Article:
Every week, television documentaries present us with so many unusual people, with so many strange and/or disturbing problems, you might find it hard to keep up with all of them. That’s where I come in! Here’s an unflinching look back at TV’s Week in Freak Shows.
The Week the Women Went (Lifetime)
Who Is This Now? Tammy.
Why Are We Watching Her? Mere hours before she (along with every other woman age 18 and over) is to leave her town of Yemassee, South Carolina for a week, she’s just heard that her son Justin is about to propose marriage to his girlfriend, Amy.
How Did She Get Here? She coddled the hell out of Justin, and now she can’t handle the idea of another woman replacing her in his life.
What’s the Grossest Thing We See? “My relationship with Justin is beyond a mother and a son,” says Tammy. “I do everything for him except I don’t wash him. If he wanted me to, that might be another story.” When Justin does propose (and Amy accepts), Tammy says, “I feel like my whole world has been taken from me.”
What Have We Learned? For Tammy to spend a week away from Justin is a good start. A few months might be even better.
Beverly Hills Nannies (ABC Family)
Who Is This Now? Ari.
Why Are We Watching Her? She’s getting ready for a house party with the help of her daughter’s nanny, Amber.
How Did She Get Here? She got enormous breast implants, dyed her hair platinum blonde, and married a wealthy older man, so now she can pay for someone to come help her raise her child even though she doesn’t have a job.
What’s the Grossest Thing We See? After criticizing the outfit that nanny Amanda’s brought to wear at the cocktail party later, Ari offers to lend Amanda a dress, and as she’s zipping it up for Amanda to try, she comments, “Oh, you’ve got a fuzzy back. It’s cute.” Later, at the (lavish) party, she sits on her new husband’s lap and simpers, “Santa, I want one Bentley … and a yacht. And that’s not asking a lot.” This after she cried poverty to Amber in last week’s episode and convinced her to take a pay cut.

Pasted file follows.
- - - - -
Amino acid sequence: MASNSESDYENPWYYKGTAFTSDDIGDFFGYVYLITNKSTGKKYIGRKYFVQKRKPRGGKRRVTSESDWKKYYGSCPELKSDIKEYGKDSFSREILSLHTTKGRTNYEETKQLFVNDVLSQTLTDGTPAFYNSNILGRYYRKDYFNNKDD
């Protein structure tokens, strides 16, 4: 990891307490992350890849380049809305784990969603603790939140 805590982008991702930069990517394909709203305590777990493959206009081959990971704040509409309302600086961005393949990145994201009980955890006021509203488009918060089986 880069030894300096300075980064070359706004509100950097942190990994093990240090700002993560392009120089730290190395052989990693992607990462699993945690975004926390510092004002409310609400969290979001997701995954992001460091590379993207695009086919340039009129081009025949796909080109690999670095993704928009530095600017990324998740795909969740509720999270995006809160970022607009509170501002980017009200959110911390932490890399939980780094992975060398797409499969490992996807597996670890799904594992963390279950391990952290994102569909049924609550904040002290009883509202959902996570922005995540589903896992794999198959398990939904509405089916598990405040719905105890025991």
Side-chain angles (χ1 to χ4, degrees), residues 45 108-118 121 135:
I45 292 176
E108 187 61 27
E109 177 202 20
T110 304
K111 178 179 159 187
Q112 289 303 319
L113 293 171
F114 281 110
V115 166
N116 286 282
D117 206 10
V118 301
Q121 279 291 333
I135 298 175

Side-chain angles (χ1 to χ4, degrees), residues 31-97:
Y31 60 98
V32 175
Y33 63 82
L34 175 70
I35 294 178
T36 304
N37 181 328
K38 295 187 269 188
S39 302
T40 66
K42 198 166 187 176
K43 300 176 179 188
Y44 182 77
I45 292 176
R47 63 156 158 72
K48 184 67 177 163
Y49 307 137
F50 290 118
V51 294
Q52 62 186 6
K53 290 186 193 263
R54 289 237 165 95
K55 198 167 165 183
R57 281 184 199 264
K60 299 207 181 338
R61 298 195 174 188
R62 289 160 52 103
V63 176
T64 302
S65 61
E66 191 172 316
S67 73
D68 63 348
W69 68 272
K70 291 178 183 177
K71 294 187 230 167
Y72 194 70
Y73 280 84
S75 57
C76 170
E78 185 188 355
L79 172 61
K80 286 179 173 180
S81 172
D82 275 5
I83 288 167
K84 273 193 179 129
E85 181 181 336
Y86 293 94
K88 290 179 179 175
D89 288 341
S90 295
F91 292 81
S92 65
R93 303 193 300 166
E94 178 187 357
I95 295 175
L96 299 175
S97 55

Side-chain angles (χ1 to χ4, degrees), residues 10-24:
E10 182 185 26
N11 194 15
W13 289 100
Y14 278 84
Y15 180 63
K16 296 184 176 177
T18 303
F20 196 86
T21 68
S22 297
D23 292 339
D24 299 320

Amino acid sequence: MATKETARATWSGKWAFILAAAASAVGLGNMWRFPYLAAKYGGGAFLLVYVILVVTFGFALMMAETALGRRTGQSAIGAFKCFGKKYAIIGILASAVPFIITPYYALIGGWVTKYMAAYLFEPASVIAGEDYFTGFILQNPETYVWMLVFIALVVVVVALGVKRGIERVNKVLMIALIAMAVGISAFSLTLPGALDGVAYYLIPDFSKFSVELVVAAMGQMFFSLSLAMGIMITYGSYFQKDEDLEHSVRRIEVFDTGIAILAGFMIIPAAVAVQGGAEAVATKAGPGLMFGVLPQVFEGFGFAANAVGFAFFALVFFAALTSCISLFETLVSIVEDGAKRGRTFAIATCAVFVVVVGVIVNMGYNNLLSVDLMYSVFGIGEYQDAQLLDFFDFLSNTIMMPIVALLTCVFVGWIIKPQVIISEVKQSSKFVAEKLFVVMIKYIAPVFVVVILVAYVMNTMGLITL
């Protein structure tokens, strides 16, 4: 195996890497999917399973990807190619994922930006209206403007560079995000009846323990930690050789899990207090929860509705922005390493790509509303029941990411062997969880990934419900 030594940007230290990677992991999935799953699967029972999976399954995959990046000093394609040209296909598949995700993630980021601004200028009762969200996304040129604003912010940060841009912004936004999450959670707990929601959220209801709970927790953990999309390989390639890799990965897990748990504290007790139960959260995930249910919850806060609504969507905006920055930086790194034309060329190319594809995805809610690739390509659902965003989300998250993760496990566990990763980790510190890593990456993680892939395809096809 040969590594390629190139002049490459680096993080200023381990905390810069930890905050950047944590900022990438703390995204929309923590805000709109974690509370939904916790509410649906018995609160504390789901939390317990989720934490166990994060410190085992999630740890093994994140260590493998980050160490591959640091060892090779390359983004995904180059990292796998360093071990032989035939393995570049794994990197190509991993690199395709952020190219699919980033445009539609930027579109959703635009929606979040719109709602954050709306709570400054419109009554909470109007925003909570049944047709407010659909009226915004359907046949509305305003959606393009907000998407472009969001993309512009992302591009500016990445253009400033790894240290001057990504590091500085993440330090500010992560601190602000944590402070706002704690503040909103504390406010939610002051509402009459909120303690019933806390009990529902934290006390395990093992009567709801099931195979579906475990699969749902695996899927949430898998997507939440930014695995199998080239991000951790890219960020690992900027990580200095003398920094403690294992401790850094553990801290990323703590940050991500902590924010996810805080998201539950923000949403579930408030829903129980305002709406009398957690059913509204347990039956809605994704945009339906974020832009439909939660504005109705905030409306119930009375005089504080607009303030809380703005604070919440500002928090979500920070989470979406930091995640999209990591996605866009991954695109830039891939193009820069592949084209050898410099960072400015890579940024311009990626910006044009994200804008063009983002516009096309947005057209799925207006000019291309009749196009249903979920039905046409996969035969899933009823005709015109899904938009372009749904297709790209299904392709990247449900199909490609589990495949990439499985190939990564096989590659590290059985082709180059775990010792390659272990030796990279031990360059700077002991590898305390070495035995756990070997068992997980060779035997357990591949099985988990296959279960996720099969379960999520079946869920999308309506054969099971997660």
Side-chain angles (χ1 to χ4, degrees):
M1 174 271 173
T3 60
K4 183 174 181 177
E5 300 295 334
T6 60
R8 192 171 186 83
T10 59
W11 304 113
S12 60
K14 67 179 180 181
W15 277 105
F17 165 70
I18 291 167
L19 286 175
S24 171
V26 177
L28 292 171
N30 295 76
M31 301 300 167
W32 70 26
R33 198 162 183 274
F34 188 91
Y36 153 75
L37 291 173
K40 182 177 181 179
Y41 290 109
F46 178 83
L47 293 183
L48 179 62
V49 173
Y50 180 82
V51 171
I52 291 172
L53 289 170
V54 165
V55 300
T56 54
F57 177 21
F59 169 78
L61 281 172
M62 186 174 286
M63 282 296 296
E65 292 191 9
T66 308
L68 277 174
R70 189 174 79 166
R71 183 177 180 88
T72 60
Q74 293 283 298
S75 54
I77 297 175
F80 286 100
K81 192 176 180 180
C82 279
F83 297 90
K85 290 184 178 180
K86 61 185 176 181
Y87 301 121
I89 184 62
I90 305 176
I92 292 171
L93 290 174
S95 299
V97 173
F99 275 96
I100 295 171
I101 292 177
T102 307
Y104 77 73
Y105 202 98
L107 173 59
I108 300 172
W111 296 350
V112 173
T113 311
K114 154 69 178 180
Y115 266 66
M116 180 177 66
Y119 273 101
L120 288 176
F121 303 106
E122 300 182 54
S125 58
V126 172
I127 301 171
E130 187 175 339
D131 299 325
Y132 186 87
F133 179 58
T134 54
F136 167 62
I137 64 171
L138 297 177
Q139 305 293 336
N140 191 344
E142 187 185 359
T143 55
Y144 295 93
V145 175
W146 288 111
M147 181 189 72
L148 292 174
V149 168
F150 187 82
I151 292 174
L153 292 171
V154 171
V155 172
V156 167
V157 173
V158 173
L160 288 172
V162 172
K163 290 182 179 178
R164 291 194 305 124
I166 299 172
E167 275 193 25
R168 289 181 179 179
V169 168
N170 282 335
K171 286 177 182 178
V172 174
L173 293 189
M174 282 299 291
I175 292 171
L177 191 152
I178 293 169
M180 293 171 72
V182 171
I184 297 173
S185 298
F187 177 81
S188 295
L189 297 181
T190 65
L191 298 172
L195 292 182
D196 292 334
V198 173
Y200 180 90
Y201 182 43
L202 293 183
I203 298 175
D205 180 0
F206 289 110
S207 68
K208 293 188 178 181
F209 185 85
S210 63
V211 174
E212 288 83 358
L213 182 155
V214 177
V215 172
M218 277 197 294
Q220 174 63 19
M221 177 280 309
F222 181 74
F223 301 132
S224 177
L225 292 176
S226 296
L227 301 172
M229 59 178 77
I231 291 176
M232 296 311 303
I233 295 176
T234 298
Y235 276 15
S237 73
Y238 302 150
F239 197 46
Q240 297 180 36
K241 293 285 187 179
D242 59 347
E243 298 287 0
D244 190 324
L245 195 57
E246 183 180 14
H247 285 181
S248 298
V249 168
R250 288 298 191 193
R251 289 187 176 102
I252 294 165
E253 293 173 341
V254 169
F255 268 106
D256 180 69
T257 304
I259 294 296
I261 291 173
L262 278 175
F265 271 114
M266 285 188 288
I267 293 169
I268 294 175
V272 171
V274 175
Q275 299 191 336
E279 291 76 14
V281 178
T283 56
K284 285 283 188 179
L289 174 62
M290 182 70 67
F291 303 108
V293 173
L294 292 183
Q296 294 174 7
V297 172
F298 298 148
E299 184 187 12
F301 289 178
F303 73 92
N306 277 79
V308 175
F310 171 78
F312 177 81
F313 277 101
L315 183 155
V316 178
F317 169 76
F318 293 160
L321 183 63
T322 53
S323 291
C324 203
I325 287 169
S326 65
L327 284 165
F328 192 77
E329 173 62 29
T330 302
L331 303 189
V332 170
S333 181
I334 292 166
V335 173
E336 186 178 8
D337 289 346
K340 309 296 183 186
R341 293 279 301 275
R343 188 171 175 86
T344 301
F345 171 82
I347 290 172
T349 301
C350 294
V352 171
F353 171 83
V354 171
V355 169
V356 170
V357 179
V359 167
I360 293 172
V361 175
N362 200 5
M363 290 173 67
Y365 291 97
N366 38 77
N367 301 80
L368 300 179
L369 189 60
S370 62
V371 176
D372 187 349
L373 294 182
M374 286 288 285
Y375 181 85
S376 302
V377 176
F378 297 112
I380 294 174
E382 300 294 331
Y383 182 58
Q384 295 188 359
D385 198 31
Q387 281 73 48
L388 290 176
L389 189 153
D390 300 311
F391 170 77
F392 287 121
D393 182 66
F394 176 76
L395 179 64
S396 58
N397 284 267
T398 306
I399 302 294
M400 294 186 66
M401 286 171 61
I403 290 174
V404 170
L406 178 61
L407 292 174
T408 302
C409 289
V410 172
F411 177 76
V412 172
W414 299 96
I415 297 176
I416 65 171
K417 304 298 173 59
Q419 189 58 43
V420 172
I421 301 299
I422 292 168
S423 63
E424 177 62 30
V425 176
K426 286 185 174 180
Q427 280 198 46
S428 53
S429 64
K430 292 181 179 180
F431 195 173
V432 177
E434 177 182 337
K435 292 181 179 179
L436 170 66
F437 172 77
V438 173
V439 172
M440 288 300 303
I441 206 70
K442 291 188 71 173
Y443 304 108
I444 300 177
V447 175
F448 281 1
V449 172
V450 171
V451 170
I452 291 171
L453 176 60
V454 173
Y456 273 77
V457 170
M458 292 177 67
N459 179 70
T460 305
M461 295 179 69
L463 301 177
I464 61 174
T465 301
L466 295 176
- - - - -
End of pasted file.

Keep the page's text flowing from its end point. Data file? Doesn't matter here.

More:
What Have We Learned? Amber’s decision to leave Ari’s employ is almost certainly the right call.
Love Broker (Bravo)
Who Is This Now? Brendan.
Why Are We Watching Him? He’s sought the aid of matchmaker Lori Zaslow to find him a girlfriend.
How Did He Get Here? He’s a comic, he’s 27, and he’s broke — none of which are attributes of the typical male client of a matchmaking service — so I’m assuming he’s friends with someone at Bravo who thought it might be good for the show to branch out from its usual roster of cocky thirtysomething “entrepreneurs.”
What’s the Grossest Thing We See? When Lori takes him out to girl-watch at a park to get a sense of his physical type, Brendan dismisses one woman (whose face we fully see, by the way) by saying, “She’s cute, but she’s really gettin’ after that sandwich.”
What Have We Learned? Financial success is not a prerequisite for a dude to be overconfident about his dating prospects.
Hoarding: Buried Alive (TLC)
Who Is This Now? Kathy.
Why Are We Watching Her? She’s a hoarder whose son, C.J., moved out when he was 12 because of the state of her home. Five years later, she believes that if she can clean up the home, he might move back in with her.
How Did She Get Here? She attributes her hoarding to the fact that she tends to “overbuy.” (Once psychologist Julie Pike shows up, we also hear more about Kathy’s abusive childhood and the resentment about it that she still bears against her mother/next-door neighbor Lois.)
What’s the Grossest Thing We See? Let’s pour out a 40 of murky, mysterious liquid for Caleb, the hauler who’s assigned to clean out Kathy’s fridge without the benefit of gloves or a mask. Whatever he finds within is so revolting that it makes his eyes burn and his hands tremble, as he and everyone else in the kitchen retches.
What Have We Learned? Store clerks, like bartenders, should be allowed to kick patrons out when it looks like they’ve had enough.
Tara Ariano is apparently lucky to have found love despite her willingness to eat sandwiches in public.